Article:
From ‘Anaconda’ to Kardashian proportions - The hour glass body type
Even 3,000 years ago women’s ideal body types determined societies’ standards for beauty; ranging from Ancient Greek times where women were considered ‘disfigured’ versions of men, to our nowadays ideal of having a flat stomach, small waist, with a big butt and breasts. In the past two years we have started going back to the 1950’s Hourglass figure trend, brought on by pop culture and celebrities.
The tiny-waist, large-chested ideal has turned many people into getting butt augmentation (with a price tag of £4,000, procedures rising 484 per cent last year) and plastic surgery.
The fashion industry is no stranger to this new trend.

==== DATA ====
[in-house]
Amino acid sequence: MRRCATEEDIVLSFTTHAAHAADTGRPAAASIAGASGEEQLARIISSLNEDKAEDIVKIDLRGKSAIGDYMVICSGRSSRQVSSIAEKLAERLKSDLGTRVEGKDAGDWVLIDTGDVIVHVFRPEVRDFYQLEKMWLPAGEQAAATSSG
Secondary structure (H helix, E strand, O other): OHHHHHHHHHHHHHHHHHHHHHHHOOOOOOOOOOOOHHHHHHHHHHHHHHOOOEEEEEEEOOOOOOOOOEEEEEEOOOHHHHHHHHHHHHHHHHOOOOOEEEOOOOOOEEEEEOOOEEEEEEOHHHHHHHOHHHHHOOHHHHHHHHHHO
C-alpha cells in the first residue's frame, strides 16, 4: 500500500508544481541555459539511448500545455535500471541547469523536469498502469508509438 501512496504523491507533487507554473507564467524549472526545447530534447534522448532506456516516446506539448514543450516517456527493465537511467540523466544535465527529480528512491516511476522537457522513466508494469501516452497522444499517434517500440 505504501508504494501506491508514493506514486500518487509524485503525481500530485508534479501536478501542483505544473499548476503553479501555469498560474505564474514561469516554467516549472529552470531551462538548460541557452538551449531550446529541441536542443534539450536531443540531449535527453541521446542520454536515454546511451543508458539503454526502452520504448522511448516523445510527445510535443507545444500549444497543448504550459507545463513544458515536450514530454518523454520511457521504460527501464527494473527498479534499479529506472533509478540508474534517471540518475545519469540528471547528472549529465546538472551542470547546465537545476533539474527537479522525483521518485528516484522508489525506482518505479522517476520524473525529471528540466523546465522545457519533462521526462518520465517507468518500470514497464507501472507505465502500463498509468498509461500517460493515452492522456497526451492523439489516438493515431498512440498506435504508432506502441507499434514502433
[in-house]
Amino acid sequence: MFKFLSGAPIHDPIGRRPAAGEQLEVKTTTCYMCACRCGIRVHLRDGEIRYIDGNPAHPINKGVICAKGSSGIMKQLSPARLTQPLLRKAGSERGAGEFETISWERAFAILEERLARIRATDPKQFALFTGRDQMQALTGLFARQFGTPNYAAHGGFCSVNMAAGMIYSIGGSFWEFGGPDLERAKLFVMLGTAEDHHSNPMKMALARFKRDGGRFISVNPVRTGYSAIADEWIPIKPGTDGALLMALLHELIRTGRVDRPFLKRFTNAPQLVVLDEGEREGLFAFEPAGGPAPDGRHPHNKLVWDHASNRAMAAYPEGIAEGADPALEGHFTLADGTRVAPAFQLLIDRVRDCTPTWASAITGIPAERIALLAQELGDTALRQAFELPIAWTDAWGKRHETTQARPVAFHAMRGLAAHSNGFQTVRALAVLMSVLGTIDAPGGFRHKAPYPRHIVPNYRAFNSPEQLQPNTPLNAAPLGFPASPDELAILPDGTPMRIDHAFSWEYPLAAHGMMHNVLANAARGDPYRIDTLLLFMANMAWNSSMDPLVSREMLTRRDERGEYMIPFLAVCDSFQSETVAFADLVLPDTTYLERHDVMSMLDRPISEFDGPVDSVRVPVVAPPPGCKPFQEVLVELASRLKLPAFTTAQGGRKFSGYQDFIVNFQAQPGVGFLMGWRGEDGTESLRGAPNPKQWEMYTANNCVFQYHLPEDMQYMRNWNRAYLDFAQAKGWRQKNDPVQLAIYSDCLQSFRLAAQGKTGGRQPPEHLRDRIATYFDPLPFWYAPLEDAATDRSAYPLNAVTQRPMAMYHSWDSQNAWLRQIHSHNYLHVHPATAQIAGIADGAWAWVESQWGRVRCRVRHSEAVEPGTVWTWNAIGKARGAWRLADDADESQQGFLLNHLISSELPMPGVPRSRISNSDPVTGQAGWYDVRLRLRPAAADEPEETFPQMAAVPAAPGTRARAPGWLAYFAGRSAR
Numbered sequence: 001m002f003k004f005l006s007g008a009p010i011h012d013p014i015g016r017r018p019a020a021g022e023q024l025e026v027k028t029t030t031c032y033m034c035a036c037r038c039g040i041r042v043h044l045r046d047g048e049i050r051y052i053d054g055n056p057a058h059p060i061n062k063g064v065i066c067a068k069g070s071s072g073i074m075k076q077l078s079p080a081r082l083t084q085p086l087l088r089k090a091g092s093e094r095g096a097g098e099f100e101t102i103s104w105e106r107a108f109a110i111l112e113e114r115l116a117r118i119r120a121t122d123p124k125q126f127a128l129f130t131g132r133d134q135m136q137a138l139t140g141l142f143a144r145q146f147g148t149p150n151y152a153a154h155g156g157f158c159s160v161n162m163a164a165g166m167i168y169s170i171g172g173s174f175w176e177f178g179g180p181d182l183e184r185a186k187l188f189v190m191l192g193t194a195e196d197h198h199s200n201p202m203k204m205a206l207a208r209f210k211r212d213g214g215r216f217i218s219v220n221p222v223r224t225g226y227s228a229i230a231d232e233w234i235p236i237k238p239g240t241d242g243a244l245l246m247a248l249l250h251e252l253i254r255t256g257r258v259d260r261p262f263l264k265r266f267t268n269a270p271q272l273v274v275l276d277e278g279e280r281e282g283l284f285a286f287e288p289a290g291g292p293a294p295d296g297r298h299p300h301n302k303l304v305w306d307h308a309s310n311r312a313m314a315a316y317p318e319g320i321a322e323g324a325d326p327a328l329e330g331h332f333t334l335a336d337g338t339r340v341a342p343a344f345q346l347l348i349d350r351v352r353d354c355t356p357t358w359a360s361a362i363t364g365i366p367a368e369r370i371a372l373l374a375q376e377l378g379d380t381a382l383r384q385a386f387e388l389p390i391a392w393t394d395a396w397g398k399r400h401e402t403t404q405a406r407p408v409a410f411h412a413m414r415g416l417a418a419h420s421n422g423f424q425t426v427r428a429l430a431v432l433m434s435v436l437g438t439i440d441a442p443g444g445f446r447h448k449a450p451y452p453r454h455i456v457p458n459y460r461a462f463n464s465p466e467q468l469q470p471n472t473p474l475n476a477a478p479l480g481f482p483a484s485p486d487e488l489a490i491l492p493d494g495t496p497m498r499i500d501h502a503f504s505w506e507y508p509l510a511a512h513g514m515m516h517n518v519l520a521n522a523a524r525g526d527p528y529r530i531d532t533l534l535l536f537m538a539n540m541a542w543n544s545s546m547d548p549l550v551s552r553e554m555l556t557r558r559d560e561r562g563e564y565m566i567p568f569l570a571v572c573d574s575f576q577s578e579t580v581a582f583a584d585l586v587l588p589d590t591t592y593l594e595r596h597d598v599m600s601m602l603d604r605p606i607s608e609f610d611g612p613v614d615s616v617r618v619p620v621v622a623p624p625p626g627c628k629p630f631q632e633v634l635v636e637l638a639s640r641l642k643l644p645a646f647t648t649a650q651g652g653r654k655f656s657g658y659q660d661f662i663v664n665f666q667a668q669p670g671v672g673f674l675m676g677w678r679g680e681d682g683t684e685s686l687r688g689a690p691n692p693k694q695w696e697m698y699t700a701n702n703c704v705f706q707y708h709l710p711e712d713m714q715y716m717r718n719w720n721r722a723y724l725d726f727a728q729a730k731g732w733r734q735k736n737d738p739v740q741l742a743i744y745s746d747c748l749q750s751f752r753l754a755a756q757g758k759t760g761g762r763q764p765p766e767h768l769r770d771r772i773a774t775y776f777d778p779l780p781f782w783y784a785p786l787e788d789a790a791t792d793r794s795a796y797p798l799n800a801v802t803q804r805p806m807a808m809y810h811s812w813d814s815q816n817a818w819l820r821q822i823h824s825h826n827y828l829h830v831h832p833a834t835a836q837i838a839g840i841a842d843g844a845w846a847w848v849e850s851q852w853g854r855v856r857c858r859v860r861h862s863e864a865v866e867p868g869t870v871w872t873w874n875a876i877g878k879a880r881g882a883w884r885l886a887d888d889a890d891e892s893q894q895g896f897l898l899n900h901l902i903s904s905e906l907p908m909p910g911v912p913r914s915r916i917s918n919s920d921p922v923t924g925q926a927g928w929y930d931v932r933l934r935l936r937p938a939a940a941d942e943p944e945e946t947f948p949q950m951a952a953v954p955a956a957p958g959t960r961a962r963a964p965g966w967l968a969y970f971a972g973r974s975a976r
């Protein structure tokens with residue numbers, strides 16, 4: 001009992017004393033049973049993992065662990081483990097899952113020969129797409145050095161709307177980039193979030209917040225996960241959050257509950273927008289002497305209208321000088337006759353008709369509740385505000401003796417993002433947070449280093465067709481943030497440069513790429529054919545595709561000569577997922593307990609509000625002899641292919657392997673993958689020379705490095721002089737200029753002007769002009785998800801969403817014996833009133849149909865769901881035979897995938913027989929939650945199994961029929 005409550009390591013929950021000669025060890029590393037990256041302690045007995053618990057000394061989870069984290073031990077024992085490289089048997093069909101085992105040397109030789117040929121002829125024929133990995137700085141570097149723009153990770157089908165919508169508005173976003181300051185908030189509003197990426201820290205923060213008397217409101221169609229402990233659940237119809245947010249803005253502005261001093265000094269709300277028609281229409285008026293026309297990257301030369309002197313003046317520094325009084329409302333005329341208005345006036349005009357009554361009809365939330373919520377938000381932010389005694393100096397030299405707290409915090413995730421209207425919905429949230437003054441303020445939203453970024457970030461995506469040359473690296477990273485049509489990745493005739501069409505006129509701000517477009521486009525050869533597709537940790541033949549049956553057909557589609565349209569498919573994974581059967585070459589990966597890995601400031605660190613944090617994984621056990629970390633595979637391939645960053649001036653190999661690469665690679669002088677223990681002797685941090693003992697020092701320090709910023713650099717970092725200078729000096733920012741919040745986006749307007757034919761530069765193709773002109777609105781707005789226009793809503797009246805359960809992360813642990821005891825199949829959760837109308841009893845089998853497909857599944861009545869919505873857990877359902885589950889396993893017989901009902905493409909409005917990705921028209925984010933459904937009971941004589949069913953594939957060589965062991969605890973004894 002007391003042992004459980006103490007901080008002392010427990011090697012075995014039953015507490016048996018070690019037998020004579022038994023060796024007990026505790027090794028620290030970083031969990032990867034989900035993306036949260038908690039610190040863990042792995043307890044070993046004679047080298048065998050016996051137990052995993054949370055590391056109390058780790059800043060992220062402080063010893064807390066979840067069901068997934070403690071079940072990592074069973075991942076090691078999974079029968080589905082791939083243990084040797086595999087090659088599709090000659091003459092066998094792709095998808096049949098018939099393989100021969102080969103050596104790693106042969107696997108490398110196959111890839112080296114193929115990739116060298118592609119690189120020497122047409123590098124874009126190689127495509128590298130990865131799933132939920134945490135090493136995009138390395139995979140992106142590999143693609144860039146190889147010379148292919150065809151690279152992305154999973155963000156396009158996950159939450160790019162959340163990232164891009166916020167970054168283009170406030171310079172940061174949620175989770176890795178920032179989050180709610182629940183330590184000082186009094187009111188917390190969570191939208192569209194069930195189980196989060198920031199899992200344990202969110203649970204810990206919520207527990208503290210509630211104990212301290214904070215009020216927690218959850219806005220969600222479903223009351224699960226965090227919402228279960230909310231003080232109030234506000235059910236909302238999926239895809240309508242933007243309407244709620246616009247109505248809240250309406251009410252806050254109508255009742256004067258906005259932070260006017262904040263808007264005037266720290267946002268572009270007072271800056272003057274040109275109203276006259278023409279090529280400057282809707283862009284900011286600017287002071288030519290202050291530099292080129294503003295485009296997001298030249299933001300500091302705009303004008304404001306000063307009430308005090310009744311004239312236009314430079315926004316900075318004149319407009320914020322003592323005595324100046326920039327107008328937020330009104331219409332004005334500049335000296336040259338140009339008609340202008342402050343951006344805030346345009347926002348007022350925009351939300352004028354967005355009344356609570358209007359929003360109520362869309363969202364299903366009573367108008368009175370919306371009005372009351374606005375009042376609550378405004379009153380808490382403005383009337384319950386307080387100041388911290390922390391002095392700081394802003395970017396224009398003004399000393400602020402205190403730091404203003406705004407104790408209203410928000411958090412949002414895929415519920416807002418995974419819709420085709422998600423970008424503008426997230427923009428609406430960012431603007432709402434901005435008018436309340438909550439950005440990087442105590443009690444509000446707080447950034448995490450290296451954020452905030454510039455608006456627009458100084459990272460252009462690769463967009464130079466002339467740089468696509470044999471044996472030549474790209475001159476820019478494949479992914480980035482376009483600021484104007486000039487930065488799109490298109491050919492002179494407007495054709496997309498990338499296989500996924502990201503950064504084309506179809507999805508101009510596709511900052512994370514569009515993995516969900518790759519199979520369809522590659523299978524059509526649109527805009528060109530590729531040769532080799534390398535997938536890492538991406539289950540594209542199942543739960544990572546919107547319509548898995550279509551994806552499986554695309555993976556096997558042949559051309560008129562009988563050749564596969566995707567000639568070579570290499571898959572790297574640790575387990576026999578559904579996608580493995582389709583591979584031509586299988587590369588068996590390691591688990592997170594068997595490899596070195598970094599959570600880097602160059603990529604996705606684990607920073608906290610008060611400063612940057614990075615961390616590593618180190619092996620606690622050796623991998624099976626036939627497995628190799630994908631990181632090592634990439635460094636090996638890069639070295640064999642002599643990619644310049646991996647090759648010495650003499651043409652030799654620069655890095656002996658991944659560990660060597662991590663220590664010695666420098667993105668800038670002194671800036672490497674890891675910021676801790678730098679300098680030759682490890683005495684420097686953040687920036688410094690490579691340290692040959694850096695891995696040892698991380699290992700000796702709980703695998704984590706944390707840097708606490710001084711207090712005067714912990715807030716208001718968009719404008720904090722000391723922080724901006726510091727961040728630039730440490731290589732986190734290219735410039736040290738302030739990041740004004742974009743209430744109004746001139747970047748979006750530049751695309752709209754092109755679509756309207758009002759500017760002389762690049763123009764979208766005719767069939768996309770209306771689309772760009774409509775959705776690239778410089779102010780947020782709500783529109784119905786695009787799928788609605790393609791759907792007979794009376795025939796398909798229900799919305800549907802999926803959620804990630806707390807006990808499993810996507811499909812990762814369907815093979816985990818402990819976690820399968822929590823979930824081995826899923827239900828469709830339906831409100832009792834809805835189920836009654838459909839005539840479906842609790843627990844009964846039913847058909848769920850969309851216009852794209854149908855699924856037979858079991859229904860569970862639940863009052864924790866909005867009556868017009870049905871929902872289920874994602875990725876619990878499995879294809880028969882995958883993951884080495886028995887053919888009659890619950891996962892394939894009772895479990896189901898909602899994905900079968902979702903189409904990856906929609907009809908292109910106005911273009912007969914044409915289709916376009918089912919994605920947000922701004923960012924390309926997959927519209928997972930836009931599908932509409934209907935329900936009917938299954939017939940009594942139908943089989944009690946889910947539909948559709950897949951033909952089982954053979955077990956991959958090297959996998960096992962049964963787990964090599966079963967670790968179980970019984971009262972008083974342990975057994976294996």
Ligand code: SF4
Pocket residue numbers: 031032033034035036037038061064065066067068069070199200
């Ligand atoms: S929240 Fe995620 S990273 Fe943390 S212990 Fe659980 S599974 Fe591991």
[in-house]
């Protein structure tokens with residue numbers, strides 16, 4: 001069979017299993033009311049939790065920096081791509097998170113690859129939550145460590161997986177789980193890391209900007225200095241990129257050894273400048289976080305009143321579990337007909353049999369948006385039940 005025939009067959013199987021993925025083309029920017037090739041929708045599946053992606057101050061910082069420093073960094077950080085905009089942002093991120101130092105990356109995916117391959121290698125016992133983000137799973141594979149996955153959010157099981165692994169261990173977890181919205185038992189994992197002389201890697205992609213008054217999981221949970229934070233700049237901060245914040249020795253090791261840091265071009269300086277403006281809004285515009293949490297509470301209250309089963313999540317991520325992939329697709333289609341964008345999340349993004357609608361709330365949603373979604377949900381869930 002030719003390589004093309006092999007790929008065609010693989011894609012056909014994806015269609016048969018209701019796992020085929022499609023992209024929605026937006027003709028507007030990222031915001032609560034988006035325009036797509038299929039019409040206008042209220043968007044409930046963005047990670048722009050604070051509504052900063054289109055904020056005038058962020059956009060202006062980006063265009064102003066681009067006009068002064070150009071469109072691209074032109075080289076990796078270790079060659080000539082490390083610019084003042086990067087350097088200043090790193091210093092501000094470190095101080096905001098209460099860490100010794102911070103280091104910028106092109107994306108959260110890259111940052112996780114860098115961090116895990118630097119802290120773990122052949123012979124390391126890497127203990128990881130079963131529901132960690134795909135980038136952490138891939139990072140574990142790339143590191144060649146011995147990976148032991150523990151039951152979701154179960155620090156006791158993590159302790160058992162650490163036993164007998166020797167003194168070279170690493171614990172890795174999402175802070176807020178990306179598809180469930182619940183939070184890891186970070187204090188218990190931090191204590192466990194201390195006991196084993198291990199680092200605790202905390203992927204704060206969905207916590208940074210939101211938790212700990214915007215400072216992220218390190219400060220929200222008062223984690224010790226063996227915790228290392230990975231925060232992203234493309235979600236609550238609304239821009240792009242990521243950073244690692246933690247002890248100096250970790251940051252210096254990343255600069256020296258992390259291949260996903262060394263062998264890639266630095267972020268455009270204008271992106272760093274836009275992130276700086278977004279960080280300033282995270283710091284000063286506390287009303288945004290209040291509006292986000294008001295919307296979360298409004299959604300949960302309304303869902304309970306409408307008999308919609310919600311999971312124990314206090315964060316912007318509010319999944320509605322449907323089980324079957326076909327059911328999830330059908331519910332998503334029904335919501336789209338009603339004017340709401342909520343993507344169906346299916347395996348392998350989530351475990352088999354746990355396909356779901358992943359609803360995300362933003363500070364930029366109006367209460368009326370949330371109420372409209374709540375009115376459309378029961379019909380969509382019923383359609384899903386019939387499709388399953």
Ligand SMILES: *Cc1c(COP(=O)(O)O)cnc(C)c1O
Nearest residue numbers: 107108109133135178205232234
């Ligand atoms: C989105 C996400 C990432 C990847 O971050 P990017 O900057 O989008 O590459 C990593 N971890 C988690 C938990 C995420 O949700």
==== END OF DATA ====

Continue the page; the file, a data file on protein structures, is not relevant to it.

“It’s all about the hourglass,” says Soozie Jenkinson, head of lingerie design at Marks & Spencer. The company alone sells around 30 waist-sculpt products.
“Anything that creates a neat line around your waist draws the eye and makes it look tinier,” V&A’s Susanna Cordner explains.
“If you had low-fit briefs under one of those dresses, it would be unflattering,” she says. “But high-waisted ones sculpt while creating an optical illusion. It’s really clever.”
The female waist-to-hip ratio has long been a health and fertility indicator used by The World Health Organisation. A healthy ratio usually ranges between 0.67 and 0.8. This means a waist between 24in and 28in with 36in hips, or between 27in and 31in with 40in hips.